Creating a game plan that is concise and consistent is one of the biggest keys to getting rid of an unhealthy behavior (or adding a healthy behavior) in your life.

Many of us start out crawling toward some new fantastic goal and then fall off the party train rather quickly because… well, we don’t really know why!

Allow me to propose a great reference that you might use as framework for making your next big change. It’s the Transtheoretical Model and it consists of six stages. I will describe a change of my own to illustrate each stage.

Stage 1: Precontemplation

The first stage is when people either are not aware they have a problem or if they are aware they have absolutely no intention of working on it. To this person, making a change is an alien thought; there are dozens of other things to check off the list before even thinking about making a change.

Illustration: When I was 15, I was thinking about high school, working, getting big biceps and figuring out how to get a girlfriend. Health? What was health? I was healthy in my mind. I was not limited by the enormous amount of sugar and processed food I was eating. I had yet to experience the effects of my poor choices.

Stage 2: Contemplation

The second stage is when an individual usually puts together a pros and cons list, either written or simply a mental inventory of his or her current behavior and the new possibilities.

Illustration: When I was 17, I was exploring my options for schooling and was zeroing in on Exercise Science. I started to think about health in a new way. Health was something someone in their 70’s could have! This, although laughable now, was an actual thought of mine at the time and shows how infantile my thinking was. I also found that I could help my friends and family with healthy behavior change.

Stage 3: Preparation

The third stage is a marked move to action. We have decided that the pros outweigh the cons and we have done things like purchase running shoes, bought healthier grocery items or employed a partner in crime for our trips to the local gym.

Illustration: When I was 18, I began undergraduate work at the local community college. Although I had yet to get into my specific major classes, I was experimenting on myself and my friends and family with healthy behavior change. I had taken a determined step towards becoming a health advocate in both word and deed.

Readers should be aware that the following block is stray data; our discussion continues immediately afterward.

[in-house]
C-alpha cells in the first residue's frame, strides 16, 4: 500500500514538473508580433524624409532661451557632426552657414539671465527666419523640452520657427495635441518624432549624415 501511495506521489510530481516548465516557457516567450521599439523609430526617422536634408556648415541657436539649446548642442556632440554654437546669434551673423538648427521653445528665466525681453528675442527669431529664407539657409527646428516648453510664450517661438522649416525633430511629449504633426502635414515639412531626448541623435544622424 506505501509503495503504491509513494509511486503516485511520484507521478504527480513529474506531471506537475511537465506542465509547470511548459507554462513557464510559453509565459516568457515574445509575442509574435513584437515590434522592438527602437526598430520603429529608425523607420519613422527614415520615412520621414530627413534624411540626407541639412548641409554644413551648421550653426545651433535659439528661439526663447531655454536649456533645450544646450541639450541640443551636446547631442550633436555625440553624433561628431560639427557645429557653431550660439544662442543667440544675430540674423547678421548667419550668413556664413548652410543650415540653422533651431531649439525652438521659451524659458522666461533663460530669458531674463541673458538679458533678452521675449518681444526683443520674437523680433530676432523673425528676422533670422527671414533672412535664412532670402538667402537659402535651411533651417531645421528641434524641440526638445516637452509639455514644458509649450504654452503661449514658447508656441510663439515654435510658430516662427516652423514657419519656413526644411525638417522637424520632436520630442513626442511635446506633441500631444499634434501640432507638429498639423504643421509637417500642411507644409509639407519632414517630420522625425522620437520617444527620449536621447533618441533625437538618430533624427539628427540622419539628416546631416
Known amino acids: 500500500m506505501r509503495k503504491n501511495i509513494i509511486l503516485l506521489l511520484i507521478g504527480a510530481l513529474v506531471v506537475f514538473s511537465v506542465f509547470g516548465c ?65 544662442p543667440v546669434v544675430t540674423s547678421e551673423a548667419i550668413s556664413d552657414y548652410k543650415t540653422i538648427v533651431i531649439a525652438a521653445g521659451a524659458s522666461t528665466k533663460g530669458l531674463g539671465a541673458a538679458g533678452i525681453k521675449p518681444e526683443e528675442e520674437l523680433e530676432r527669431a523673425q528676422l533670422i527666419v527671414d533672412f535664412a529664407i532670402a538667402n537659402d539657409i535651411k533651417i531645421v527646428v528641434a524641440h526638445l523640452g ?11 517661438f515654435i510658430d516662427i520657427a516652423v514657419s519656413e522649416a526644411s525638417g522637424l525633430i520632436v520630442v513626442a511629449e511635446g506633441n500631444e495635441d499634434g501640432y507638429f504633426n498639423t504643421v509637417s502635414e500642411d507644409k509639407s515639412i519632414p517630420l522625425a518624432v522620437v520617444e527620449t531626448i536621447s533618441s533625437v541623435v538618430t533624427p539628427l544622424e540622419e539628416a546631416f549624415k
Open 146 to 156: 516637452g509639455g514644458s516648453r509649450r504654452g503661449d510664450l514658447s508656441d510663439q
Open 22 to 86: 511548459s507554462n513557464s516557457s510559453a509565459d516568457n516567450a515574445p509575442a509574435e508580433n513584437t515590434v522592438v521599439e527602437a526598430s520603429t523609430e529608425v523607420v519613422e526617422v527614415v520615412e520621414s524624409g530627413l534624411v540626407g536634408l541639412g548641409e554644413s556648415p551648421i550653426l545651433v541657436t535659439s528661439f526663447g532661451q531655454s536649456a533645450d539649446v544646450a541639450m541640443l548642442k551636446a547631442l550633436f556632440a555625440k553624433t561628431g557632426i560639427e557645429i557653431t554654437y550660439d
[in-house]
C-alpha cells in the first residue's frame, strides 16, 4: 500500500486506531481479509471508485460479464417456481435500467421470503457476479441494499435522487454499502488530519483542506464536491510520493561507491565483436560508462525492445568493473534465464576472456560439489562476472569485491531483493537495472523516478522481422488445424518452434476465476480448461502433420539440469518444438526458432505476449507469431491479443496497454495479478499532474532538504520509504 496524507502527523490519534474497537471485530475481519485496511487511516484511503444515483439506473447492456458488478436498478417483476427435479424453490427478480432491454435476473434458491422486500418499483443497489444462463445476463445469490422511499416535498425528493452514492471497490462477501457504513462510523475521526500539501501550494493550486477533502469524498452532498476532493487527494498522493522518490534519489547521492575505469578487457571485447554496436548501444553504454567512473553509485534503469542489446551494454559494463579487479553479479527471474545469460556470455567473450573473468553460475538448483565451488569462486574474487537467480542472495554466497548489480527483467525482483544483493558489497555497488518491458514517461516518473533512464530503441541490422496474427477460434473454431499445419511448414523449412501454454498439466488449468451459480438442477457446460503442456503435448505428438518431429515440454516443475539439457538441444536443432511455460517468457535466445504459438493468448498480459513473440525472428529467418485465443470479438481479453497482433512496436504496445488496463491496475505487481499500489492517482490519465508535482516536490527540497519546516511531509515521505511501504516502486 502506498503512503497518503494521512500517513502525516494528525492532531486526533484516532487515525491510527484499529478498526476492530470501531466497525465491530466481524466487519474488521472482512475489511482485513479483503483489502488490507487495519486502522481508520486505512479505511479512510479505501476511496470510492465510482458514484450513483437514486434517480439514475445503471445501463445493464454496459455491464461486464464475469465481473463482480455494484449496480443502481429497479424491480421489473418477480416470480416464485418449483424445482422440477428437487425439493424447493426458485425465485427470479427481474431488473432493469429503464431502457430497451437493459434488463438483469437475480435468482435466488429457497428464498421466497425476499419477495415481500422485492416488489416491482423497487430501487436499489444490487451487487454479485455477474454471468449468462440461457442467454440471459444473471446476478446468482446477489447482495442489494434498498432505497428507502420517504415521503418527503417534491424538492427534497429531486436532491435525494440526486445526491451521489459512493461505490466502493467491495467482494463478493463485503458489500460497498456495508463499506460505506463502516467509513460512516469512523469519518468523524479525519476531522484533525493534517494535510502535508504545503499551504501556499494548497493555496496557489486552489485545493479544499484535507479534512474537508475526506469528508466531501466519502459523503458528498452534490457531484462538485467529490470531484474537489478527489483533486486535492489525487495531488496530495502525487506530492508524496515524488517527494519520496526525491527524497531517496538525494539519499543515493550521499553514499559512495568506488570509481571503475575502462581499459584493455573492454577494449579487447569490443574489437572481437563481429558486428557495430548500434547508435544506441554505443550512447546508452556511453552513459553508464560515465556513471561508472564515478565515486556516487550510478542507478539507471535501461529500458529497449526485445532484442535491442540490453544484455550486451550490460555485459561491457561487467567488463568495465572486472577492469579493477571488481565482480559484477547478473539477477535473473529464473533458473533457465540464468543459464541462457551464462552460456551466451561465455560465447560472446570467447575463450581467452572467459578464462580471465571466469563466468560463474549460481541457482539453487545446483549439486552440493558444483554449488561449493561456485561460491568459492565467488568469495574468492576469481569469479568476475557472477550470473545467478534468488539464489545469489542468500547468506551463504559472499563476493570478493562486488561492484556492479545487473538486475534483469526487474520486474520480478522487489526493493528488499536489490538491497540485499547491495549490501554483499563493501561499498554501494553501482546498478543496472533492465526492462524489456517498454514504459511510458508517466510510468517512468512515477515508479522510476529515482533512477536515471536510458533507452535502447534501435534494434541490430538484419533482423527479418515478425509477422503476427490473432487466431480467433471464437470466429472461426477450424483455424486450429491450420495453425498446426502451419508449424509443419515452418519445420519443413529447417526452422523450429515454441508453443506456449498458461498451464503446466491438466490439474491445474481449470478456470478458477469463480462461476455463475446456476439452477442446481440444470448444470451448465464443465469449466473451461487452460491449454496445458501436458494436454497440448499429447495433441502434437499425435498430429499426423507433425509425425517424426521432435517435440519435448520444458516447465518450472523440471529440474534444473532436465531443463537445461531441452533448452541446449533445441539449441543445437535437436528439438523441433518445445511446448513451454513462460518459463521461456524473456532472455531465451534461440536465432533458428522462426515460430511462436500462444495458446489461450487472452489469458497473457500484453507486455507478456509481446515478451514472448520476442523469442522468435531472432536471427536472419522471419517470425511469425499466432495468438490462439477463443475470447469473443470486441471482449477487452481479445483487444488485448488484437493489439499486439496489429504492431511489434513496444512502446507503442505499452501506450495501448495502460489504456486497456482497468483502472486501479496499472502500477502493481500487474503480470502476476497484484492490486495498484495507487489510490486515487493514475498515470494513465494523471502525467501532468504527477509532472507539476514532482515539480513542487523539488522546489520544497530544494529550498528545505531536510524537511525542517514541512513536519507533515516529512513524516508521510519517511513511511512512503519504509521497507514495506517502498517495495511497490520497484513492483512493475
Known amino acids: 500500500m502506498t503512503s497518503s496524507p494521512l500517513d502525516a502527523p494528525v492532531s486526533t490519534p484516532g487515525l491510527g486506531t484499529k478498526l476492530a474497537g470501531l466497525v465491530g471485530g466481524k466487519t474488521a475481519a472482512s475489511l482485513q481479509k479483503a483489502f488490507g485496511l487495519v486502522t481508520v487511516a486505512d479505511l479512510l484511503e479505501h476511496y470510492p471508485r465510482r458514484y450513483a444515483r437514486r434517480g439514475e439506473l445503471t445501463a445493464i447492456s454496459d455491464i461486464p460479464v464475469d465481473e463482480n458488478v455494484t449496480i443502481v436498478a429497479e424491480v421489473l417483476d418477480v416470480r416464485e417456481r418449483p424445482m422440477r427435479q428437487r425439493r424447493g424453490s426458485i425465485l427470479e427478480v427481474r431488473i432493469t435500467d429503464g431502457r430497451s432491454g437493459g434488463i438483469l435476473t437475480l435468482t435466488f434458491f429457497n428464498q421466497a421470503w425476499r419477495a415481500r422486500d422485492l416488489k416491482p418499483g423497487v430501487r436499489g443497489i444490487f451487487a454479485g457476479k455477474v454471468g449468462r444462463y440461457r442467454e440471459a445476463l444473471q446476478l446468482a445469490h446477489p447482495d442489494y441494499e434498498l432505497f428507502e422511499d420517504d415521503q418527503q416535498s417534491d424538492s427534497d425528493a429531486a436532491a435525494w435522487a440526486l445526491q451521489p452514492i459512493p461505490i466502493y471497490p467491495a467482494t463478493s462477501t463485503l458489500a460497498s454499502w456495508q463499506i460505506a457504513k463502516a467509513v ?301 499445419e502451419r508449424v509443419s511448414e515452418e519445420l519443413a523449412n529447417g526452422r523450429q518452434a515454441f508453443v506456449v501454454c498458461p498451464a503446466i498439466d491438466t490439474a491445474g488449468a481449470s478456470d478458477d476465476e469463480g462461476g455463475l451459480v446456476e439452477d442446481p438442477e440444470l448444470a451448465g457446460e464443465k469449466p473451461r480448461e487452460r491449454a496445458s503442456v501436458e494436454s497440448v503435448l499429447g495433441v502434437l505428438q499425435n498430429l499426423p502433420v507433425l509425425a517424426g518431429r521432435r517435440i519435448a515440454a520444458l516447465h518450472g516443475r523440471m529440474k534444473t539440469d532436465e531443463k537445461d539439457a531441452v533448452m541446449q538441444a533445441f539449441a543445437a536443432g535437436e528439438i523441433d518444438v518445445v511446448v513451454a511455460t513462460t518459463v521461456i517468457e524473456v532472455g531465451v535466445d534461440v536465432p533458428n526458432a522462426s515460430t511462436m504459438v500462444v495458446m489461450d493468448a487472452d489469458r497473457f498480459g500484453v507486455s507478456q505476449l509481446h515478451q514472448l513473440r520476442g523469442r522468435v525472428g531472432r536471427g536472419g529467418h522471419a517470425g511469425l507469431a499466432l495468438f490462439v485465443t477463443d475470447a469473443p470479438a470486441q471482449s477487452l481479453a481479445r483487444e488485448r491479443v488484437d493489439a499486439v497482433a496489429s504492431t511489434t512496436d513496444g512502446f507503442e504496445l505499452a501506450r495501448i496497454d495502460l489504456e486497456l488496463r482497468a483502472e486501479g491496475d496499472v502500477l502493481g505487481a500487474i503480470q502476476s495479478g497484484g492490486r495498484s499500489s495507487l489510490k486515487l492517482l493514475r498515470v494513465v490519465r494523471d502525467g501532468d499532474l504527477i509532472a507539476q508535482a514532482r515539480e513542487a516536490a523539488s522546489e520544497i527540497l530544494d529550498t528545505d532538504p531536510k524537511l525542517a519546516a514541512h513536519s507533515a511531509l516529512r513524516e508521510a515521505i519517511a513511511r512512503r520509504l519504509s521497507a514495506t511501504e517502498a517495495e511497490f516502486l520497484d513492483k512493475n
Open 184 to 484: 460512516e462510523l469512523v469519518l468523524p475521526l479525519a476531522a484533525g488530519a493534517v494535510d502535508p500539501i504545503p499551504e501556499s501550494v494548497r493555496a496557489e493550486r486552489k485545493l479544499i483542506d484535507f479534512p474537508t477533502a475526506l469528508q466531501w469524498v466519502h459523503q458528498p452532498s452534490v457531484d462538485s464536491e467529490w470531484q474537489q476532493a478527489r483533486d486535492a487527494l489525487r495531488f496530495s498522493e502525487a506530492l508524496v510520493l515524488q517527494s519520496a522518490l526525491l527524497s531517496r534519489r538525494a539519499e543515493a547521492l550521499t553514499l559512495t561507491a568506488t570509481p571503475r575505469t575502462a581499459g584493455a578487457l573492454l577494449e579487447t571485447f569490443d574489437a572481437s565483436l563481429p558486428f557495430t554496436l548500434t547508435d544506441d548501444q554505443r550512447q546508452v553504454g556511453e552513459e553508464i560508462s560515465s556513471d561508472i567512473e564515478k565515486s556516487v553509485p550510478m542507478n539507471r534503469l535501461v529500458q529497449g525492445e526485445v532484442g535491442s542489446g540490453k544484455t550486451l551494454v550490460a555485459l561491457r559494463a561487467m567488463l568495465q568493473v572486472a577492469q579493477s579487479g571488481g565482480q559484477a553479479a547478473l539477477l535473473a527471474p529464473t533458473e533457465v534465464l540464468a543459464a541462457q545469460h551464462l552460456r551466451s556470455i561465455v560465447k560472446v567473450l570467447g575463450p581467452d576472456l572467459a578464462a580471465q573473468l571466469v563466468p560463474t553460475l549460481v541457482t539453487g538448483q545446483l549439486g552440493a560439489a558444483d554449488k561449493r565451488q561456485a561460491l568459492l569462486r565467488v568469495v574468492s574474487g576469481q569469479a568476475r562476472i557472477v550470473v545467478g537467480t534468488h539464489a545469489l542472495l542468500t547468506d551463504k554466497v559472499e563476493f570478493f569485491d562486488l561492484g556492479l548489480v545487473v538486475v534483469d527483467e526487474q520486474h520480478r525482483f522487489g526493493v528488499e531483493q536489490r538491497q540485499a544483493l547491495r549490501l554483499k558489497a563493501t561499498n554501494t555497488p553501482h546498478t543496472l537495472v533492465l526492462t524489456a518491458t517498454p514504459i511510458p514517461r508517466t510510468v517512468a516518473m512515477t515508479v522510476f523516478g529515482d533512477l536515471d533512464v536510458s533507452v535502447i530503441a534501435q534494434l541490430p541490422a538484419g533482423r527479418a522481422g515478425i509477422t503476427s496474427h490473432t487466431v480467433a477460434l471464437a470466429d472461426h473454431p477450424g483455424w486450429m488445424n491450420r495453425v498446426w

Stage 4: Action

The fourth stage is when an individual makes small but real changes or modifications in the old behavior and makes baby steps toward a new desirable behavior.

Illustration: At 20, I was well into my major coursework and had experimented with many modes of exercise and some elementary healthy cooking methods. Although a lot of the information I was giving my friends and family was elementary, I was doing my best to be a health advocate for anyone at any age or with any condition.

Stage 5: Maintenance

The fifth stage is where most of what we think are “changed behaviors” reside. When you’re in maintenance you have made significant steps to changing a poor behavior but relapse every now and then.

Illustration: At 22, I had begun work as a personal trainer in a local gym. It was easy for me to maintain my workout regimen and practice healthy eating habits because it was my job to do so. But, I would still pound a large pepperoni pizza by myself quite often. A fair statement would be to say that 90% of the time I was practicing an awesome healthy lifestyle.

Stage 6: Termination

The sixth stage is rarely accomplished. Termination is a full change and there is no possible chance of return to the old behavior. There is no feeling of temptation to return to the old ways of life.

Illustration: Now at 30, I admit to still being in the maintenance phase of healthy living. I would say I float between 90-95% achieved. Maybe I will never reach this phase, but I believe I will. I have experienced healthy behavior change with my wife that I believe has reached termination. I can say assuredly that we will always exercise in some form for the rest of our lives. I can also say that we will always eat healthy for the majority of our diet. We are also to the termination phase of always being on a progressive path.

Your Thoughts?

I hope this model will help you on your personal journey to adopt a new healthy behavior as it has helped me in the past. It is always helpful to take a personal inventory of where we are, which helps us to see where we want to go.

Check out additional Building a USANA Body with Brad posts.

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3 replies
  1. Vicki Parker
    Vicki Parker says:

    Wow Brad. That is a fantastic way to use the Prochaska and Diclemente Stages of Change model. I have used this model with offenders to change addictive behaviours but never thought to apply it to my own eating behaviour changes or how I support my customers and associates! Thanks. I reckon I am in the action stage but having a little challenge with choosing Low GI meals when eating out. But definitely have my eye on being in maintenance.

    Reply

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